It should be straightforward, right? Reading it is like reading any other piece of text, correct? Well, no, actually, it’s not. And actually, yes, it is.
"It" is a poem.
Poet Tania Runyan has a suggestion on how to read a poem, or rather, she has six suggestions, all taken from the poem “Introduction to Poetry” by Billy Collins, published in his 1988 collection The Apple That Astonished Paris (it's been republished a couple of times since then). Of course, in the style of poets generally, Runyan has far more in How to Read a Poem than approaches to reading poetry.
But first, her suggestions:
· Consider the poem’s imagery – “hold it up to the light.”
· Listen to the sound of the poem.
· Reflect on all of the pieces that comprise the poem (or, as Collins writes, drop and mosue in and watch him nibble).
· Look for what creates the Aha!” or “Gotcha!” moment.
· Study the poem itself, and don’t worry about who the author is or what he or she is trying to do or convey.
· Let the poem be instead of trying to wring everything possible out of it.
Runyan pulls these suggestions straight from the poem by Collins. What she does with them is one of the best parts of the book. She expands each of the lines of the poem, enlarging one’s understanding, and gives her own example of the suggestion at work. And then she provides several poems in each section for the reader to do the same.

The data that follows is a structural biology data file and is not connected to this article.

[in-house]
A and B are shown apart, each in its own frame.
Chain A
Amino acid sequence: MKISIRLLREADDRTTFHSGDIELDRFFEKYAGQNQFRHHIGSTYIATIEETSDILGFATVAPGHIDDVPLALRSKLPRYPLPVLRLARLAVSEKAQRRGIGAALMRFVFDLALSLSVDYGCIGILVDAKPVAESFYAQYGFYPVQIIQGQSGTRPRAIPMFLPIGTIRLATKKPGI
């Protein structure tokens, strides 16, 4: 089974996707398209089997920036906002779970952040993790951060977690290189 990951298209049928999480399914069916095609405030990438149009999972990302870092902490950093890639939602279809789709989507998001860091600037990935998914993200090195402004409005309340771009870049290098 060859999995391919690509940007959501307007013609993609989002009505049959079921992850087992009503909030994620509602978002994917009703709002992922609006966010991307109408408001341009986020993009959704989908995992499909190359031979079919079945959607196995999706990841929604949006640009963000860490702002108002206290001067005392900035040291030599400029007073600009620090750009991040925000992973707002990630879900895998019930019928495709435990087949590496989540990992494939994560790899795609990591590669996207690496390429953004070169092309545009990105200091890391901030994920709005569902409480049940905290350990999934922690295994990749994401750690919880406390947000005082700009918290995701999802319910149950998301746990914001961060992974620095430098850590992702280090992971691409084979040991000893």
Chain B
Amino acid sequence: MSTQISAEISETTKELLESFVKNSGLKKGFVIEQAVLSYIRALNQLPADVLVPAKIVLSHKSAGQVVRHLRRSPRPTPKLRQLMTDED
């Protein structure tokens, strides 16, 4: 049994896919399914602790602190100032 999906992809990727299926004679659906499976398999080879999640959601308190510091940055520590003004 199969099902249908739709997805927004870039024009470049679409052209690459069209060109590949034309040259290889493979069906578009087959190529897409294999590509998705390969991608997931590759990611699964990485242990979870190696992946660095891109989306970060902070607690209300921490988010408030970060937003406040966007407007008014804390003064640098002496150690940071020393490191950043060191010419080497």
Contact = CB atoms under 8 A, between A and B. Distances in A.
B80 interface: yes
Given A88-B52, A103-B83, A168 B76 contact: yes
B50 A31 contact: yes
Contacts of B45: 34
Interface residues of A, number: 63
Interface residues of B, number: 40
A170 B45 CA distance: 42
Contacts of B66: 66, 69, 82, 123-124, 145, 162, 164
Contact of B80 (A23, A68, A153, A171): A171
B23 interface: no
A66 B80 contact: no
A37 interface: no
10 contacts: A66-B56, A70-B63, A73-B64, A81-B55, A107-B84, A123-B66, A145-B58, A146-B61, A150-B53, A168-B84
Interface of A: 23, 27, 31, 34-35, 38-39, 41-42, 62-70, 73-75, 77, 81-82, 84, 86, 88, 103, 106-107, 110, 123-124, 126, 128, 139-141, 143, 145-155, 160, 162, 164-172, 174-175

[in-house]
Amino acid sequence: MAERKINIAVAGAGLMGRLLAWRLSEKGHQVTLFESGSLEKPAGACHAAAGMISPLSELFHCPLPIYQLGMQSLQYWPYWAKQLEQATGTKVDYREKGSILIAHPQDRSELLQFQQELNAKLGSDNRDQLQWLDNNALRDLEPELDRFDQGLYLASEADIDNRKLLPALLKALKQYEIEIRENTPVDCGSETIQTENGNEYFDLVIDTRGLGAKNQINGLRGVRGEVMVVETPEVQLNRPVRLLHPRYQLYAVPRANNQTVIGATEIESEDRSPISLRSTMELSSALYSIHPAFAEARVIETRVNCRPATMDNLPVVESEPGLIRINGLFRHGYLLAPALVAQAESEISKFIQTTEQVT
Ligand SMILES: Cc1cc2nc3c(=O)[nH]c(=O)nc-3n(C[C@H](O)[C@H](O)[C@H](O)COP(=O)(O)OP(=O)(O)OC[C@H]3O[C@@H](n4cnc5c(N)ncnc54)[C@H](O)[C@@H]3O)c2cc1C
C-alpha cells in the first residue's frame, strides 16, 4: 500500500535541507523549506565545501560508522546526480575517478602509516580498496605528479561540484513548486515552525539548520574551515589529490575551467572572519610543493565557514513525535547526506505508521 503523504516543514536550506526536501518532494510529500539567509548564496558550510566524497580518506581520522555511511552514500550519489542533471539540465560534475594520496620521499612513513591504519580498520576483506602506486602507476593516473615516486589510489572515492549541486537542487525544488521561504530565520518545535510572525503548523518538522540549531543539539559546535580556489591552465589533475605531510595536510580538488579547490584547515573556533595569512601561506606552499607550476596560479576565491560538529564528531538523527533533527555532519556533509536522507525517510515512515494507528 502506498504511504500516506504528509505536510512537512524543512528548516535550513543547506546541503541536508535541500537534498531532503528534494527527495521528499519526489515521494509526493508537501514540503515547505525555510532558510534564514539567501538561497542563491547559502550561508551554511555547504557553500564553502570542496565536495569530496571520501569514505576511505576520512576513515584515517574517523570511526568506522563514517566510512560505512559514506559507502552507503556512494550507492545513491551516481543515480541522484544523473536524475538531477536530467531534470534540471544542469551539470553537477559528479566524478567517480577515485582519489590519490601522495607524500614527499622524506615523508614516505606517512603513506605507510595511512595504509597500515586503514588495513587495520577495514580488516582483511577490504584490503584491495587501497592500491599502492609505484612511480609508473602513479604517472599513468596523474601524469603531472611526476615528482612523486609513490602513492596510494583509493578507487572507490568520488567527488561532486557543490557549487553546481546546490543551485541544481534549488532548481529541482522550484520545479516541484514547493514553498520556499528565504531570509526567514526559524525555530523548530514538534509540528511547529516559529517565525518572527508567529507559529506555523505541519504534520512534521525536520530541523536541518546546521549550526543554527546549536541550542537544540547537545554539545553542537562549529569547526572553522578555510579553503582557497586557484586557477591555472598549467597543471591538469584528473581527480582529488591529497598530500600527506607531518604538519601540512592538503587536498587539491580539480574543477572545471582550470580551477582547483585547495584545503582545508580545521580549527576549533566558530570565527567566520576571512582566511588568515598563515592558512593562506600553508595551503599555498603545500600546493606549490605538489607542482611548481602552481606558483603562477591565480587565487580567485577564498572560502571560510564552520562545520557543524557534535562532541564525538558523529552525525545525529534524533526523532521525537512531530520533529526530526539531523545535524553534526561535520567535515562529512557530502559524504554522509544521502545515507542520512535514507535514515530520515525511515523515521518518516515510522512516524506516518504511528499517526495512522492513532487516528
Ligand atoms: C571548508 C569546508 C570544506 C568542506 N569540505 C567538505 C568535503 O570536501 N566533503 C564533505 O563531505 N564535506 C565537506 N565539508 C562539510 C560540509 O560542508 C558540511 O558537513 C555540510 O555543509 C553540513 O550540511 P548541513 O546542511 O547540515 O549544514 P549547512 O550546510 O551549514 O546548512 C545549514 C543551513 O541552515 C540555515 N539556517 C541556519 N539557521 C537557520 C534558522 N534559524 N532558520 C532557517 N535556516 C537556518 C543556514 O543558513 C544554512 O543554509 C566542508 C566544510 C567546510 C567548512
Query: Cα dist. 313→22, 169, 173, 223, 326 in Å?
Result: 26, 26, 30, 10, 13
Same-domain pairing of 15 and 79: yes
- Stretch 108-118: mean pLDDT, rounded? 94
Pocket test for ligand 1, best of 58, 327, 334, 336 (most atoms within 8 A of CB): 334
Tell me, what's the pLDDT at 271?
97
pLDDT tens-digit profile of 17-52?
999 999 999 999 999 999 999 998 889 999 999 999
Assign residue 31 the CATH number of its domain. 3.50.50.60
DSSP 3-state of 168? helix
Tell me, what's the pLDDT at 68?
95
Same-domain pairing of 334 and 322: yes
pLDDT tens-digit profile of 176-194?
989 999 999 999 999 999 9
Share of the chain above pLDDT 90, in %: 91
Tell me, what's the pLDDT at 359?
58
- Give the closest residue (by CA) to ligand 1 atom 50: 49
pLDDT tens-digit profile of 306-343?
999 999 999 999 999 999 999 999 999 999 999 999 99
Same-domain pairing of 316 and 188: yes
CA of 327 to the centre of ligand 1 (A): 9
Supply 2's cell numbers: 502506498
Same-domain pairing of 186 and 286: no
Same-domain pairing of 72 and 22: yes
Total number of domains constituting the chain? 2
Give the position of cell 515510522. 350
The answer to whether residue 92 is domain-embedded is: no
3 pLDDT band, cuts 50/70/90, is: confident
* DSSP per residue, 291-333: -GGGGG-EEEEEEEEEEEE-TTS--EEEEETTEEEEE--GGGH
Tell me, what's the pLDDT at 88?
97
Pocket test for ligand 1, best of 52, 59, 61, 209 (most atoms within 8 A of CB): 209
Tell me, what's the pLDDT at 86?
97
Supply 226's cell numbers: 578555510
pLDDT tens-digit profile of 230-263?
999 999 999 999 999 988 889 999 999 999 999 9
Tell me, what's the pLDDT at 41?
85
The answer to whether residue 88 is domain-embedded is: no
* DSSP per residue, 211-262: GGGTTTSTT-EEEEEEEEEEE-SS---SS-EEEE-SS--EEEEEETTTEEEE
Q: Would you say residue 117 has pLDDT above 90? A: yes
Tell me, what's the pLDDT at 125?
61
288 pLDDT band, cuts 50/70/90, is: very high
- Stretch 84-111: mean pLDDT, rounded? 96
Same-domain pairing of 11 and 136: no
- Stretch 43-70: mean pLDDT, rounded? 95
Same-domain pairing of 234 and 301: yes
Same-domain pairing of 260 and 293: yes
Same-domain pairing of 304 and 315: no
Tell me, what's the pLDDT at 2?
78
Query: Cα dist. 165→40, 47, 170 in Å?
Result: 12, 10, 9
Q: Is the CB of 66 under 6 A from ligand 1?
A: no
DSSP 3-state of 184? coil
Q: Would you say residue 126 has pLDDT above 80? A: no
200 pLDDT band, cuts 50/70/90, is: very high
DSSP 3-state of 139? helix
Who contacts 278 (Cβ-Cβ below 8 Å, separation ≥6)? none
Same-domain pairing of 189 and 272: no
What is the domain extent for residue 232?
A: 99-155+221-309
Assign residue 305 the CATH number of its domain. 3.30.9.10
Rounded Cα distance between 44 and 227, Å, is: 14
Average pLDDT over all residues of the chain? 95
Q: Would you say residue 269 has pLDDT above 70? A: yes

In the process, she provides a wonderful if understated, introduction to reading poetry, and she introduces the reader to poets well known and not-so-well known. Poets whose poems are represented include Tennyson, George Eliot, Emily Bronte, Wallace Stevens, T.S. Eliot, William Carlos Williams, Yeats, D.H. Lawrence, Marianne Moore, Robert Browning, Thoreau, Anne Doe Overstreet, Edward Scott Anderson, Carl Sandburg, John Keats, Maureen Doallas, Sara Teasdale, and many more.
“Think of it (How to Read a Poem) as less than an instructional book,” Runyan writes, “and more as an invitation. For the reader new to poetry, this guide will open your senses to the combined craft and magic known as poems. For the well versed, if you will, this book might make you fall in love again.”
Well versed, indeed. The pun suggests another quality of the book, and that is playfulness. How to Read a Poem is above all playful, written by a poet in finds joy in her own work, and joy in poetry generally, and knows how to laugh.
Interested in poetry? Read it. New to poetry? Read it. Well versed? Read it. It’s a wonderful guide by a poet who clearly is in love with her craft and magic.
Related: My review of Tania Runyan's A Thousand Vessels: Poems at Tweetspeak Poetry.